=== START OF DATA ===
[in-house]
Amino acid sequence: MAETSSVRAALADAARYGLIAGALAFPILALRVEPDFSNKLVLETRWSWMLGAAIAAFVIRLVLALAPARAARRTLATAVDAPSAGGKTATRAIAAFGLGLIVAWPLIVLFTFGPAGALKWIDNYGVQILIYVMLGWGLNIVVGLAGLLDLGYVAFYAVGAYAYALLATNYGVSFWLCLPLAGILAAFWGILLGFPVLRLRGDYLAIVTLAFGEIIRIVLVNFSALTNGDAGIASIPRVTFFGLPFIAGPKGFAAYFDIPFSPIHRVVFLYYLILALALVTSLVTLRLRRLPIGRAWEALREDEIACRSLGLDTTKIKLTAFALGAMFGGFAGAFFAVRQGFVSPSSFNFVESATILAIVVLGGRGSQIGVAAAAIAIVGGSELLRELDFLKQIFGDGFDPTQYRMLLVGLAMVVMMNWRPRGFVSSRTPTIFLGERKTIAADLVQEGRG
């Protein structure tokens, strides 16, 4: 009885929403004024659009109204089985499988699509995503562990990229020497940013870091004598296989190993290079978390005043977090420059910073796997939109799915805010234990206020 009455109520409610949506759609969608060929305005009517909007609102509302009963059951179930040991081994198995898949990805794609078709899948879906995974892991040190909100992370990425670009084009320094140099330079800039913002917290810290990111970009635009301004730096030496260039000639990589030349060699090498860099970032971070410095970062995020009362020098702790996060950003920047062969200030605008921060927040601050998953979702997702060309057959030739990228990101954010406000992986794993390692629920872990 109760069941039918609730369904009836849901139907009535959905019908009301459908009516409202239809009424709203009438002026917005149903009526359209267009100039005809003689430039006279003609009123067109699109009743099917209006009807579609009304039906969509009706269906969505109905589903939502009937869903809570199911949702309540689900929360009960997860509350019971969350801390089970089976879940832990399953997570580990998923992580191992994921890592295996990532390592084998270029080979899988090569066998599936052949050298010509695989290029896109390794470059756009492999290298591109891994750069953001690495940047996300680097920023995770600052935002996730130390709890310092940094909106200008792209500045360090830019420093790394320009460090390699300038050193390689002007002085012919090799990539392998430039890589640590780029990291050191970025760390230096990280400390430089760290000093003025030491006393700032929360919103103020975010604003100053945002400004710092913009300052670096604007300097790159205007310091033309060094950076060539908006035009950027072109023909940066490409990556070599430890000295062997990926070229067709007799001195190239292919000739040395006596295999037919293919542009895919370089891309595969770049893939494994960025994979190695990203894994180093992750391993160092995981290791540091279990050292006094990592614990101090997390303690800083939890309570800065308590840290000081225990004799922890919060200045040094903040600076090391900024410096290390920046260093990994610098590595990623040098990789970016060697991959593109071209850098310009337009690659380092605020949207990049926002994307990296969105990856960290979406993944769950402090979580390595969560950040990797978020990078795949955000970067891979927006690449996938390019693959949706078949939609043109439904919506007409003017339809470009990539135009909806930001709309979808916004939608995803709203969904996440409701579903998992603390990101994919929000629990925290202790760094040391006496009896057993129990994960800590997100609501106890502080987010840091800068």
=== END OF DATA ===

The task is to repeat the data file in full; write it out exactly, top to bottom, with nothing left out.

[in-house]
Amino acid sequence: MAETSSVRAALADAARYGLIAGALAFPILALRVEPDFSNKLVLETRWSWMLGAAIAAFVIRLVLALAPARAARRTLATAVDAPSAGGKTATRAIAAFGLGLIVAWPLIVLFTFGPAGALKWIDNYGVQILIYVMLGWGLNIVVGLAGLLDLGYVAFYAVGAYAYALLATNYGVSFWLCLPLAGILAAFWGILLGFPVLRLRGDYLAIVTLAFGEIIRIVLVNFSALTNGDAGIASIPRVTFFGLPFIAGPKGFAAYFDIPFSPIHRVVFLYYLILALALVTSLVTLRLRRLPIGRAWEALREDEIACRSLGLDTTKIKLTAFALGAMFGGFAGAFFAVRQGFVSPSSFNFVESATILAIVVLGGRGSQIGVAAAAIAIVGGSELLRELDFLKQIFGDGFDPTQYRMLLVGLAMVVMMNWRPRGFVSSRTPTIFLGERKTIAADLVQEGRG
């Protein structure tokens, strides 16, 4: 009885929403004024659009109204089985499988699509995503562990990229020497940013870091004598296989190993290079978390005043977090420059910073796997939109799915805010234990206020 009455109520409610949506759609969608060929305005009517909007609102509302009963059951179930040991081994198995898949990805794609078709899948879906995974892991040190909100992370990425670009084009320094140099330079800039913002917290810290990111970009635009301004730096030496260039000639990589030349060699090498860099970032971070410095970062995020009362020098702790996060950003920047062969200030605008921060927040601050998953979702997702060309057959030739990228990101954010406000992986794993390692629920872990 109760069941039918609730369904009836849901139907009535959905019908009301459908009516409202239809009424709203009438002026917005149903009526359209267009100039005809003689430039006279003609009123067109699109009743099917209006009807579609009304039906969509009706269906969505109905589903939502009937869903809570199911949702309540689900929360009960997860509350019971969350801390089970089976879940832990399953997570580990998923992580191992994921890592295996990532390592084998270029080979899988090569066998599936052949050298010509695989290029896109390794470059756009492999290298591109891994750069953001690495940047996300680097920023995770600052935002996730130390709890310092940094909106200008792209500045360090830019420093790394320009460090390699300038050193390689002007002085012919090799990539392998430039890589640590780029990291050191970025760390230096990280400390430089760290000093003025030491006393700032929360919103103020975010604003100053945002400004710092913009300052670096604007300097790159205007310091033309060094950076060539908006035009950027072109023909940066490409990556070599430890000295062997990926070229067709007799001195190239292919000739040395006596295999037919293919542009895919370089891309595969770049893939494994960025994979190695990203894994180093992750391993160092995981290791540091279990050292006094990592614990101090997390303690800083939890309570800065308590840290000081225990004799922890919060200045040094903040600076090391900024410096290390920046260093990994610098590595990623040098990789970016060697991959593109071209850098310009337009690659380092605020949207990049926002994307990296969105990856960290979406993944769950402090979580390595969560950040990797978020990078795949955000970067891979927006690449996938390019693959949706078949939609043109439904919506007409003017339809470009990539135009909806930001709309979808916004939608995803709203969904996440409701579903998992603390990101994919929000629990925290202790760094040391006496009896057993129990994960800590997100609501106890502080987010840091800068």